To help avoid unnecessary duplication, and for convenience, Snapcraft can process and incorporate external metadata from within snapcraft.yaml by using
parse-info within a part and a corresponding
For example, the following
snapcraft.yaml will parse a file called
metadata-file. Snapcraft will attempt to extract
description metadata for the snap, all of which are mandatory:
name: my-snap-name adopt-info: part-with-metadata parts: part-with-metadata: plugin: dump source: . parse-info: [metadata-file]
See The snapcraft format for further details on Snapcraft metadata and how it’s used.
An external metadata source can be one of the following:
- Appstream: a standard for software components
- setup.py: commonly used by Python projects to help with package installation
Scriptlets: a snapcraftctl-driven command to generate
See below for details on incorporating each of the above into your snapcraft.yaml.
Appstream is a metadata standard used to describe a common set software components. It can be parsed by snapcraft to provide the
icon for a snap, along with the location of an app’s desktop file.
The following is a typical example from an upstream project. It’s an appstream file called
<?xml version="1.0" encoding="UTF-8"?> <component type="desktop-application"> <id>com.example.sampleapp</id> <summary>Single-line elevator pitch for your amazing application</summary> <description> This is applications's description. A paragraph or two to tell the most important story about it. </description> <icon type="local">assets/icon.png</icon> <launchable type="desktop-id"> com.example.sampleapp.desktop </launchable> </component>
We adopt the above metadata into
snapcraft.yaml with the following:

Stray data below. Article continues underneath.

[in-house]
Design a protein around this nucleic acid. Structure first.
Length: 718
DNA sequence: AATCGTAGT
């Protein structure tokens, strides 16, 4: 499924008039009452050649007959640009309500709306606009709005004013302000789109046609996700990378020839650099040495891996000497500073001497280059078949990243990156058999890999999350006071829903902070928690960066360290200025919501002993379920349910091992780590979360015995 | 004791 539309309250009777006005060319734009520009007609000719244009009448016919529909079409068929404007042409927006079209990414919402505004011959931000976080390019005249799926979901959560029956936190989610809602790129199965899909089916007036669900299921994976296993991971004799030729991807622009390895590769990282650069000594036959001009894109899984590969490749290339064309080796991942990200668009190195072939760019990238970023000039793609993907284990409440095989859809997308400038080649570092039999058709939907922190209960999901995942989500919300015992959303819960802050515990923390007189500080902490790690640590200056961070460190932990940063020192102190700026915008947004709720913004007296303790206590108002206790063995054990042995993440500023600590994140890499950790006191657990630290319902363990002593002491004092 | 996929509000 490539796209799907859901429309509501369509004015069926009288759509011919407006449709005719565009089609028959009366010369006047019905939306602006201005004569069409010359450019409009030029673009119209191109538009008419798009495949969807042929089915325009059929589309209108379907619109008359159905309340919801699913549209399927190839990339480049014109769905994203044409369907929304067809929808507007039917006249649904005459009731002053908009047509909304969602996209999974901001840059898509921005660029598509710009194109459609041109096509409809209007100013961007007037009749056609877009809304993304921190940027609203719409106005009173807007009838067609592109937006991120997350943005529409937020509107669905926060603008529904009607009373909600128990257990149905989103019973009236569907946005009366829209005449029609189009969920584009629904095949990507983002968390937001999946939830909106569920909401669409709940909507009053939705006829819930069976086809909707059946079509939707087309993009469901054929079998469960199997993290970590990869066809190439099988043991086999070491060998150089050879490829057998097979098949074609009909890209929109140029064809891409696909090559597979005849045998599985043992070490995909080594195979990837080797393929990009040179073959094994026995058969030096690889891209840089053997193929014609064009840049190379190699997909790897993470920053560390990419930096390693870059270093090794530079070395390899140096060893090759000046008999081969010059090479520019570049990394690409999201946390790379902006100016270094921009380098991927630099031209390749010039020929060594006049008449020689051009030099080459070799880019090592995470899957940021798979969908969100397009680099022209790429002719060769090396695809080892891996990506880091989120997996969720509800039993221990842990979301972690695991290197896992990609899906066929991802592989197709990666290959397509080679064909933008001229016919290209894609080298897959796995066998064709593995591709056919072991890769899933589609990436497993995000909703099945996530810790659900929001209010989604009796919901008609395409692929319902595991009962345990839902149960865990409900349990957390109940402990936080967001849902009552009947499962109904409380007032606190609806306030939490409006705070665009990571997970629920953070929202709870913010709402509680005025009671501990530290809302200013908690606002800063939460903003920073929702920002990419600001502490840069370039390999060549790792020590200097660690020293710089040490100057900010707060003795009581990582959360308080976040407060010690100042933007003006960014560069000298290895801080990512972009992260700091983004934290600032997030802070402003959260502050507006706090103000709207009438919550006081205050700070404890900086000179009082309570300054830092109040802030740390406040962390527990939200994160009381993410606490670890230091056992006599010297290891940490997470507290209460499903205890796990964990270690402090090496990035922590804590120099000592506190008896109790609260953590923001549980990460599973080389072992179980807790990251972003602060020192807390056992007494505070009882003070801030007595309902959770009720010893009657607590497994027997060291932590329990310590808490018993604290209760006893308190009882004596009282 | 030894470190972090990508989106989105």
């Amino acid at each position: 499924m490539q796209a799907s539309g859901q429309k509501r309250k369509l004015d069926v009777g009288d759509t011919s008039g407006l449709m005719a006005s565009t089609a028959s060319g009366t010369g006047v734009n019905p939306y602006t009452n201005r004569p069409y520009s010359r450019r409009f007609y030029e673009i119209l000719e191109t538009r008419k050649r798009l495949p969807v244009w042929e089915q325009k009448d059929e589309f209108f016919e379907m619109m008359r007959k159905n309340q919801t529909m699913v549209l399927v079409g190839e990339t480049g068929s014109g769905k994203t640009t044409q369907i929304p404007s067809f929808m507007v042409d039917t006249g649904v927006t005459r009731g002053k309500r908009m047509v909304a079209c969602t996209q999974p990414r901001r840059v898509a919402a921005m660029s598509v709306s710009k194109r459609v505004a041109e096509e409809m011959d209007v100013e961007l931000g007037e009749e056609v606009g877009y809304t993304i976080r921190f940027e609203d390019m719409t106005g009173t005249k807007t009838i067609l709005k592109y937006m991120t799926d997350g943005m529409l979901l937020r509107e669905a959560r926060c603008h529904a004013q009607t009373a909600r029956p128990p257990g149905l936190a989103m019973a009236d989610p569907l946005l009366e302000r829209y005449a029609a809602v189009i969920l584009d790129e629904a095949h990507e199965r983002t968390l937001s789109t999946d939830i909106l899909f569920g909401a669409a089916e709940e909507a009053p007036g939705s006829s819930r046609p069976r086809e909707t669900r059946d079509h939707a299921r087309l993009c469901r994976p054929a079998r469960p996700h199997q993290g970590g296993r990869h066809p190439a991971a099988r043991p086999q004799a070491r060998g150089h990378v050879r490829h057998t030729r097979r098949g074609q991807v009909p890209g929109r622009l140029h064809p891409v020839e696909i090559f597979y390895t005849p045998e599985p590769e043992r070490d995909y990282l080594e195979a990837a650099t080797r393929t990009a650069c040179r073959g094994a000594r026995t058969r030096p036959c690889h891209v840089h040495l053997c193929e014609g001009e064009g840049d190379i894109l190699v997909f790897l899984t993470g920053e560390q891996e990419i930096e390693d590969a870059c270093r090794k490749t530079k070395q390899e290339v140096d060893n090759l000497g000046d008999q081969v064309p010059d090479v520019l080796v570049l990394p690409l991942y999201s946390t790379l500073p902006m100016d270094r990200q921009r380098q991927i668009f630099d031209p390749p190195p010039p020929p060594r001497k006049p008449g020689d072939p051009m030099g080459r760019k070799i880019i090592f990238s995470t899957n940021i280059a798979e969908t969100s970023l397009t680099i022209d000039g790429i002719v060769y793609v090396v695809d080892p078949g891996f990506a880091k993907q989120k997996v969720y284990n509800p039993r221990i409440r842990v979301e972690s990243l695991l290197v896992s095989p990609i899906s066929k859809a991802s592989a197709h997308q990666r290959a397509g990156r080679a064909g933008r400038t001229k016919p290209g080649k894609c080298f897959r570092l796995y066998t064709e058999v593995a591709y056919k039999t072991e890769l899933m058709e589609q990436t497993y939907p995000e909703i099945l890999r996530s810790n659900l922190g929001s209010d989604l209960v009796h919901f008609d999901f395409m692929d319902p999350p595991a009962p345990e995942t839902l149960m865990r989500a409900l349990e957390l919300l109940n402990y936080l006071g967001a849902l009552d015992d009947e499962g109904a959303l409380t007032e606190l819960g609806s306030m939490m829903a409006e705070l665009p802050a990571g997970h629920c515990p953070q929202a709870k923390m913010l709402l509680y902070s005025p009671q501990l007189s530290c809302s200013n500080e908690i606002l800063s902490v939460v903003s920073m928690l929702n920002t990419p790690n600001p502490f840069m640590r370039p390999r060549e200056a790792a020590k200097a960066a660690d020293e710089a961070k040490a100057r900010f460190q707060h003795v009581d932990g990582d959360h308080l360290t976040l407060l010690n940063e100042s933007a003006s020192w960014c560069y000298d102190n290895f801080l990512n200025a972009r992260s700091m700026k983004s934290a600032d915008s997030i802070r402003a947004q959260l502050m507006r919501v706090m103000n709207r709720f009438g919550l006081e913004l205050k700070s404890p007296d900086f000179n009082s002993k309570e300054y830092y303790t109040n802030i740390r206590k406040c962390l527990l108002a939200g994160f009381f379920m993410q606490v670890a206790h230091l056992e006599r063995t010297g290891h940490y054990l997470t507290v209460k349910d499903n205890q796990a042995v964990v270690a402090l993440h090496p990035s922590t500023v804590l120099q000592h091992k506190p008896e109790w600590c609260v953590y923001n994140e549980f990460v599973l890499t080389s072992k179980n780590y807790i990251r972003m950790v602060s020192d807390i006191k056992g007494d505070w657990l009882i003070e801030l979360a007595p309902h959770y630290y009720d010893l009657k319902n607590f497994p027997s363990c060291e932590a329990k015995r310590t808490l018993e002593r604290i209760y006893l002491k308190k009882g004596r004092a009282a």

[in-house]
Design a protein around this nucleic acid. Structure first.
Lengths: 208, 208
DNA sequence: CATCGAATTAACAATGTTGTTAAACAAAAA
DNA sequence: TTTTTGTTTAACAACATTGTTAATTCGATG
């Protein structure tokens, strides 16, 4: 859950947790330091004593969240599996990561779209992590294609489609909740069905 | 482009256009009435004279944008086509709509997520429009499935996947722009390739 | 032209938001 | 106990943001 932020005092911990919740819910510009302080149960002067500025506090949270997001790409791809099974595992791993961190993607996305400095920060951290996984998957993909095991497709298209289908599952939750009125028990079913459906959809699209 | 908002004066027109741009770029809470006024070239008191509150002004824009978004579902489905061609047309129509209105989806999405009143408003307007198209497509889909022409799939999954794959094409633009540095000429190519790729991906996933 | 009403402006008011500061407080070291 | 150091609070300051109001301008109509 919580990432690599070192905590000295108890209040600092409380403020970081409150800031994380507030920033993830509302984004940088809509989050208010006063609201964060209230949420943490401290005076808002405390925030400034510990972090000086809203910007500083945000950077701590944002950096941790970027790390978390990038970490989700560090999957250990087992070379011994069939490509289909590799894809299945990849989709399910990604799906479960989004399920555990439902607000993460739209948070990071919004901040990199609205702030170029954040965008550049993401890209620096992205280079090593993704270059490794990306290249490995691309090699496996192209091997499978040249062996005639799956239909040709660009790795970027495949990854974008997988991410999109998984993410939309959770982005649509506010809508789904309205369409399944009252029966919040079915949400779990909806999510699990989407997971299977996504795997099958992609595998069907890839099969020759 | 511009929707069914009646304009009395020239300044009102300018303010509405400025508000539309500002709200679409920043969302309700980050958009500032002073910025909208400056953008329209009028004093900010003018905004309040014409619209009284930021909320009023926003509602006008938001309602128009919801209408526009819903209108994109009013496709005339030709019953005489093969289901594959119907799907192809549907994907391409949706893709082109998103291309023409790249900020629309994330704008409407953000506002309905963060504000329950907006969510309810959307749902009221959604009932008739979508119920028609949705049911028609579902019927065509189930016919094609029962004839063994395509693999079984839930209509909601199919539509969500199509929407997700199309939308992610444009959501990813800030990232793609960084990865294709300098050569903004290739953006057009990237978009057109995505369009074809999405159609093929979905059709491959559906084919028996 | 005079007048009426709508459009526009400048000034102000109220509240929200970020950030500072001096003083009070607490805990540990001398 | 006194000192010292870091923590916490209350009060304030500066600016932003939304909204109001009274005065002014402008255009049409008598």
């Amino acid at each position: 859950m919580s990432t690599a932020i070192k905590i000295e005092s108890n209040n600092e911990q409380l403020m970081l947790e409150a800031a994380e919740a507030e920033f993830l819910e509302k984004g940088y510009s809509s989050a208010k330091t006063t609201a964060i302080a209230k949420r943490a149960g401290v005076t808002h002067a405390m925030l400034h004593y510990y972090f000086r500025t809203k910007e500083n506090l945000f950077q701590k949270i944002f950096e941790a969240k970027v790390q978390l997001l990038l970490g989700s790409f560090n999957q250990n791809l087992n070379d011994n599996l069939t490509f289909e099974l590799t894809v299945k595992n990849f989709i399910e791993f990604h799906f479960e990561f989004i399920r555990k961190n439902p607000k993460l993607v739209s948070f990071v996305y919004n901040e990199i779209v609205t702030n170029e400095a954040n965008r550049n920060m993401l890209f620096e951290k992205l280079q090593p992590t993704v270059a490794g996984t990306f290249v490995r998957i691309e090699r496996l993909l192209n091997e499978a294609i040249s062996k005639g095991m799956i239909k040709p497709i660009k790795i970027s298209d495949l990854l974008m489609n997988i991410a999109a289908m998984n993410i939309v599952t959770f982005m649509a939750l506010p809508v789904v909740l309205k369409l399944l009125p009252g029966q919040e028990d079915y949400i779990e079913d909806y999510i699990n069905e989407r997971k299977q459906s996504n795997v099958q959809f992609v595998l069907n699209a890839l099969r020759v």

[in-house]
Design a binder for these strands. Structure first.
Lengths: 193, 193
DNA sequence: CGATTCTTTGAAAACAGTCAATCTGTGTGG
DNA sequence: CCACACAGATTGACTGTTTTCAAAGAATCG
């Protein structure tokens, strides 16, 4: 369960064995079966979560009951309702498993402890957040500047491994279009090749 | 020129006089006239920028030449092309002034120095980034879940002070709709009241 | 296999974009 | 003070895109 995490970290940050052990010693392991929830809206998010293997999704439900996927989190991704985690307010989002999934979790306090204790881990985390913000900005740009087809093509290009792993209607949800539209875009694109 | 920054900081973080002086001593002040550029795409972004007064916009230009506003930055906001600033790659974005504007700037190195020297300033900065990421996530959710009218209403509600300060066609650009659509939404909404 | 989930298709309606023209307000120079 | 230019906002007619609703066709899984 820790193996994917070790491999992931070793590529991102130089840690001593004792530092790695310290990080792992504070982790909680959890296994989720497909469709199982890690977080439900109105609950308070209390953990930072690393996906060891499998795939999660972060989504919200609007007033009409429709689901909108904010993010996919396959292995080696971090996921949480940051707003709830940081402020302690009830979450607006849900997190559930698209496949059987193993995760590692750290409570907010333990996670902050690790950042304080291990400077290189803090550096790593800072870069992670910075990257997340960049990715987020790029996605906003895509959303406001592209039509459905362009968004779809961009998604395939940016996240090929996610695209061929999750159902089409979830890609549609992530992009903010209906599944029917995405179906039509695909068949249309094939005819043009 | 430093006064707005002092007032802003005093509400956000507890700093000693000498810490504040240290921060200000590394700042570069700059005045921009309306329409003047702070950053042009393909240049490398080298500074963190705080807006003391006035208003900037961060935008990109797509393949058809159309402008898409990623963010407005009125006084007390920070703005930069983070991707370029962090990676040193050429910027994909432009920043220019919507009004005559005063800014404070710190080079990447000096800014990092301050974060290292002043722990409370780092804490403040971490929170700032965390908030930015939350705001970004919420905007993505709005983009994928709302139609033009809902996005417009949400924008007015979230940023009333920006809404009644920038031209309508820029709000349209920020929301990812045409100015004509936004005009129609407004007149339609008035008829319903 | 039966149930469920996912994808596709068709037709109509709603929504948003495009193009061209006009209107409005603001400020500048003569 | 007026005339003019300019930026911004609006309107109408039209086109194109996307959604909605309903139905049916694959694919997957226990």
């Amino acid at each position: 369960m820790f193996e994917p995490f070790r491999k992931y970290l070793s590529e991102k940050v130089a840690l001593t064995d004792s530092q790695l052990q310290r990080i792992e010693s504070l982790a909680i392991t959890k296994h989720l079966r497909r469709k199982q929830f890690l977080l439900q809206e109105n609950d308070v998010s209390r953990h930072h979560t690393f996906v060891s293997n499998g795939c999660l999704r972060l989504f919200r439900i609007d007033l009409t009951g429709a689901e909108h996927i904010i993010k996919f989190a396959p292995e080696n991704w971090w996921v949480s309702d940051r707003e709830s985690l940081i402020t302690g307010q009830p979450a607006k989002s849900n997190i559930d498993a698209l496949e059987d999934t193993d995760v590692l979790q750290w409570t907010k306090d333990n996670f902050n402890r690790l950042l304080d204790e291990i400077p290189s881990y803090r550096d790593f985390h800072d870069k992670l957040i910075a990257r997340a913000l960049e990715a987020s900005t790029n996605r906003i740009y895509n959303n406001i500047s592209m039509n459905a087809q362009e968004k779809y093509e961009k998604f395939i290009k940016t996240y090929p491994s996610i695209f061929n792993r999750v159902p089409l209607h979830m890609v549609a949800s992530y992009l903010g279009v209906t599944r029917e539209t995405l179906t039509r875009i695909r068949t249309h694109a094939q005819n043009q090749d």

name: sampleapp-name adopt-info: sampleapp apps: sampleapp: command: sampleapp common-id: com.example.sampleapp parts: sampleapp: plugin: dump source: http://github.com/example/sampleapp.git parse-info: [sampleapp.metainfo.xml]
The resulting snap will take the summary and description from the appstream file as well as using the referred icon and desktop files for the app.
Appstream uses a
Desktop File ID instead of a path to declare a desktop file.
To link a
desktop-id within the appstream file to your app, you must define a
common-id in snapcraft.yaml.
Snapcraft will search for a parsed appstream file with the same component identifier, com.example.sampleapp in the above example, and extract the
desktop-id from there. It will then search the
usr/share directories relative to the part source, and by following the Desktop File ID rules.
A setup.py file is used by many Python projects to help with package installation. If your setup.py uses setuptools and defines
description, these can be extracted from
setup.py and used as the
description metadata in the resulting snap.
The following is an example
setup.py in the root of a hypothetical git tree:
import setuptools setuptools.setup( name='hello-world', version='1.0', author='snapcrafter', firstname.lastname@example.org', description='A simple hello world in python', scripts=['hello'] )
You can adopt the relevant metadata in the above with the following snapcraft.yaml
name: sampleapp-name summary: sampleapp summary adopt-info: sampleapp apps: sampleapp: command: sampleapp parts: sampleapp: plugin: python source: http://github.com/example/sampleapp.git parse-info: [setup.py]
Individual parts in your
snapcraft.yaml can set the
grade by using
snapcraftctl. All you need to do is select which part to adopt using
# ... adopt-info: my-part # ... parts: my-part: # ... override-pull: | snapcraftctl pull snapcraftctl set-version "my-version" snapcraftctl set-grade "devel"
See Scriptlets for more details on using scripting elements within snapcraft.yaml.
Snapcraft versions and compatibility